Having a credit card declined isn’t a great feeling, but it happens and there’s no need to worry. It could be a mistake, in which case, there are steps you can take to fix the problem. If your card was declined for a legitimate reason, you can still rectify the situation and activate it again. Keep reading to learn what to do if this happens to you.
1. If You’ve Hit Your Credit Limit
The first thing you’ll need to do is determine why your card was declined. There are several potential reasons, and contacting the credit card company should be your first move. You can get in touch via the phone number on the card, or you can reach out via their website.
Hitting your credit limit could be one reason why a merchant rejected the card. If that happens, you’ll need to pay off at least some of the debt on that card before you can use it again.
If this has happened before and you’ve reached your limit on multiple cards, it might be time to consolidate credit card debt. When you consolidate, you roll several debts into one, ideally with a better interest rate. This can be beneficial for a variety of reasons, but it won’t help you if you don’t cease spending on your cards after you consolidate.
2. If You’ve Made a Large Purchase
The credit card company might also flag a purchase as potentially fraudulent if the transaction is much larger than usual. Using the credit card to buy an entire living room furniture set or a massive new TV might seem suspicious to the company if you usually only pay for gas or a cup of coffee.
Contacting the company and telling them the purchase is legit will usually solve the problem. If you’re worried that buying something outside of your typical spending habits could trigger your card being declined, you could even contact the company beforehand to let them know to expect a larger charge than normal.
3. If You’re Traveling
If you live in Cleveland and you’re suddenly paying for an expensive dinner in Las Vegas, that might trigger the card-issuing company to block your purchase attempts. They may not realize you’re traveling, and they might think someone has stolen your card.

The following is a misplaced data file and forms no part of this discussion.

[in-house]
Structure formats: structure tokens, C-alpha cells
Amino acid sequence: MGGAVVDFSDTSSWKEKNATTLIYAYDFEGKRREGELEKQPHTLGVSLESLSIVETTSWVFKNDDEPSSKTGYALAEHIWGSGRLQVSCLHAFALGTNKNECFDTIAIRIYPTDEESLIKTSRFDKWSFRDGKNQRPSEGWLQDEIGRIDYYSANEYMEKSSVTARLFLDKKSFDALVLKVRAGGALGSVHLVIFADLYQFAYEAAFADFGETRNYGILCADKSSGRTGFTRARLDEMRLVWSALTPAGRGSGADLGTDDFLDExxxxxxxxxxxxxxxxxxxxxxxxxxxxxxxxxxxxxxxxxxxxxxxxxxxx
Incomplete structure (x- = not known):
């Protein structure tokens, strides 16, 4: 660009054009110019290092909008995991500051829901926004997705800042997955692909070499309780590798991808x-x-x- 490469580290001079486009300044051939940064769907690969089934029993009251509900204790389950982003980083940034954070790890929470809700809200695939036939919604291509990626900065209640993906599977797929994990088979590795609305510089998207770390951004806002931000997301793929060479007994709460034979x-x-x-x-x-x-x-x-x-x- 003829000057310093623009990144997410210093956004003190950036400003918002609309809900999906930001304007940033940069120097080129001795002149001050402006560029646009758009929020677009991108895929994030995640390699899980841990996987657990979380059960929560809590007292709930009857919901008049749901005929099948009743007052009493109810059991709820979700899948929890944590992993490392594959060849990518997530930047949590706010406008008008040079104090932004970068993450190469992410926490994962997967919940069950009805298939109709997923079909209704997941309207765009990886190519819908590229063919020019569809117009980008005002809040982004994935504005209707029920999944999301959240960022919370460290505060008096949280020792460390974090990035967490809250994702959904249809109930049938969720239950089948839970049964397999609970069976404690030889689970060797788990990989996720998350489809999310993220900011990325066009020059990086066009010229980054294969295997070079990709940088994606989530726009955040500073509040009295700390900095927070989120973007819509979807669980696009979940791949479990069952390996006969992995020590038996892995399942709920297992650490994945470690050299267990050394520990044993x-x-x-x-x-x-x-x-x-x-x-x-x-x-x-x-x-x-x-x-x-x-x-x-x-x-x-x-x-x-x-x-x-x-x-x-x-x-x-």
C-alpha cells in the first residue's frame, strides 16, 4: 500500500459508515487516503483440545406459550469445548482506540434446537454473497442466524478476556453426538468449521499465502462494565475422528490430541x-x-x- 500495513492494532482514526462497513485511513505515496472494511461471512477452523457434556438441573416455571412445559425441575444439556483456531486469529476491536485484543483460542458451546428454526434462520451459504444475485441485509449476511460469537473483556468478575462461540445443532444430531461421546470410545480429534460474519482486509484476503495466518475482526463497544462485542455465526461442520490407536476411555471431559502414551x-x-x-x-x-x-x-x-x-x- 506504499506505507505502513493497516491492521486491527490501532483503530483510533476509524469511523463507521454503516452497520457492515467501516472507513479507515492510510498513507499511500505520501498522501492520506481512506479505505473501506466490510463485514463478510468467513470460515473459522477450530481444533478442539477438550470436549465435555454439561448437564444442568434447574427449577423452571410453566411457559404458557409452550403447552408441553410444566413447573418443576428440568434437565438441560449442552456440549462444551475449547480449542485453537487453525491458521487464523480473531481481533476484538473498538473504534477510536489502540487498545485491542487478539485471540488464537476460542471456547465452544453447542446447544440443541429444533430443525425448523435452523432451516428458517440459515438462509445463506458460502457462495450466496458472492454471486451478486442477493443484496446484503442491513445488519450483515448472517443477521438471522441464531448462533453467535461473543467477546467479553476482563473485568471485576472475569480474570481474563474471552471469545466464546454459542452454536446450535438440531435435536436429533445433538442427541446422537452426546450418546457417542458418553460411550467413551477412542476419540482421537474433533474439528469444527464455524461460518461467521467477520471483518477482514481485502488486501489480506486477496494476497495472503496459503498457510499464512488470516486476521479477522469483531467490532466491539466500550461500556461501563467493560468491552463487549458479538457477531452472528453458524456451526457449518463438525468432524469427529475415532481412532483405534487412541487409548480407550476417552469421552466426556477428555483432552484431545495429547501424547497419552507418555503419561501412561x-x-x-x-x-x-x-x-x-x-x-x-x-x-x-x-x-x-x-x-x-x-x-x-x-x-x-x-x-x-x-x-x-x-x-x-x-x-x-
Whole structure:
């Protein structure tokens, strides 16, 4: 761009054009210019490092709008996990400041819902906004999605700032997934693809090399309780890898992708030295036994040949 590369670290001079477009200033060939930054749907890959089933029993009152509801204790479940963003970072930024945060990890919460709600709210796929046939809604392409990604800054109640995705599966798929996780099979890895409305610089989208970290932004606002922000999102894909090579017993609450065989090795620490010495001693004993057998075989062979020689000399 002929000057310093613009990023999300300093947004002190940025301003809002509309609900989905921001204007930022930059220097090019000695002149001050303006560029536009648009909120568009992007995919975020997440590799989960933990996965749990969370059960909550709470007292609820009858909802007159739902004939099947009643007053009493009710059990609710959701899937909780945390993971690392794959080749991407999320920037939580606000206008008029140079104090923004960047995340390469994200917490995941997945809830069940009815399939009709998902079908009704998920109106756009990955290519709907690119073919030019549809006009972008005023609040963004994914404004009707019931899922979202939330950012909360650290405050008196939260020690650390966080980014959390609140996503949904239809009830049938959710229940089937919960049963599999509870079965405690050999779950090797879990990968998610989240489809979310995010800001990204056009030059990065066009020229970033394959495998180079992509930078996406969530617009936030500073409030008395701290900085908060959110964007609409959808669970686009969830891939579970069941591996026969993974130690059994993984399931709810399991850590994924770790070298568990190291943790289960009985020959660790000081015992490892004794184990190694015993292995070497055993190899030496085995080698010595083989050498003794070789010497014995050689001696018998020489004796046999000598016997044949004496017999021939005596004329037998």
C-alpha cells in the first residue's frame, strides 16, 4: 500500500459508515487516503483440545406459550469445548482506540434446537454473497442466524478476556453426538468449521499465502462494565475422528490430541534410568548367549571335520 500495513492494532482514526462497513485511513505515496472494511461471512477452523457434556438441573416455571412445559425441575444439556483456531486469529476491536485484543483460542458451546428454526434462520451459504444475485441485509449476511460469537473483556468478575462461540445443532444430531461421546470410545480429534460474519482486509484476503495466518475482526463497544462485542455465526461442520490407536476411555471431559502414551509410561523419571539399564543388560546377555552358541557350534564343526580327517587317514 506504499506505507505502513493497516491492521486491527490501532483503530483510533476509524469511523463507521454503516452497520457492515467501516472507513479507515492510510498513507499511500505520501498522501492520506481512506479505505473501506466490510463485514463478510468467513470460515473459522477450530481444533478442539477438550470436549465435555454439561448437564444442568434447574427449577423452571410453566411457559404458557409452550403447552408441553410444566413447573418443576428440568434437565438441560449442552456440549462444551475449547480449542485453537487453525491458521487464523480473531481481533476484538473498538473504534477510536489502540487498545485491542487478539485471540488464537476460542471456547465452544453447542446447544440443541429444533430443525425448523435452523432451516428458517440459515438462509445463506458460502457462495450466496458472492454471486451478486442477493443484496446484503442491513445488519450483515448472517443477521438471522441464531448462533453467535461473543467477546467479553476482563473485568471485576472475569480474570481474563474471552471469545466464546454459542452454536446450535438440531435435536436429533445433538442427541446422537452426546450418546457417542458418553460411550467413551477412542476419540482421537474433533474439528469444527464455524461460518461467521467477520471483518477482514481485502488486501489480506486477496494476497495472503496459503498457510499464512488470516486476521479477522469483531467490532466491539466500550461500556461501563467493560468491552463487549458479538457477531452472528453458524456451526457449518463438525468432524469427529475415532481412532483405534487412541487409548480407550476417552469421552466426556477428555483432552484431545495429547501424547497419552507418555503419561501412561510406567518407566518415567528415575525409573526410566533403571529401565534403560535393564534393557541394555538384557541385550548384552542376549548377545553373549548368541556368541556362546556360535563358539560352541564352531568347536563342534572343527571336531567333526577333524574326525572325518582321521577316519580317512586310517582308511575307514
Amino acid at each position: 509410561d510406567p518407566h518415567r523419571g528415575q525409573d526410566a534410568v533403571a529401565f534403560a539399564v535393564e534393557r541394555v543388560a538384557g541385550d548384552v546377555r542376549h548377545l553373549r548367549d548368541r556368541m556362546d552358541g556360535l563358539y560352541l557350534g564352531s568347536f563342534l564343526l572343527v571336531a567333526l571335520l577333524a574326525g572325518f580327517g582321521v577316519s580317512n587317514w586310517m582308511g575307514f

You can usually find a place on the credit card company’s website where you can inform them that you’re traveling and that they can expect charges from outside of your typical locale. Do this or give them a call before you leave to avoid potential rejections.
Don’t Panic if Your Card is Declined
A merchant declining your credit card is not a cause for alarm. Maybe it feels embarrassing for a moment, but you can always contact the card company to see what’s happening.
If you’re traveling, for instance, contacting the card company and telling them you’re on vacation can solve the problem. You might also notify the company if you plan on buying something more expensive than normal.
Maybe you’ve hit the limit of your credit with that company. If this is the case, you can pay off some of that debt before using the card again. You might even look into credit card debt consolidation if you owe money on multiple cards. Doing so can get you a better interest rate in many cases, and it will simplify the debt repayment process.
There’s normally a logical reason for a merchant declining your card, and a call to the card-issuing company can reveal what steps you can take to alleviate the problem.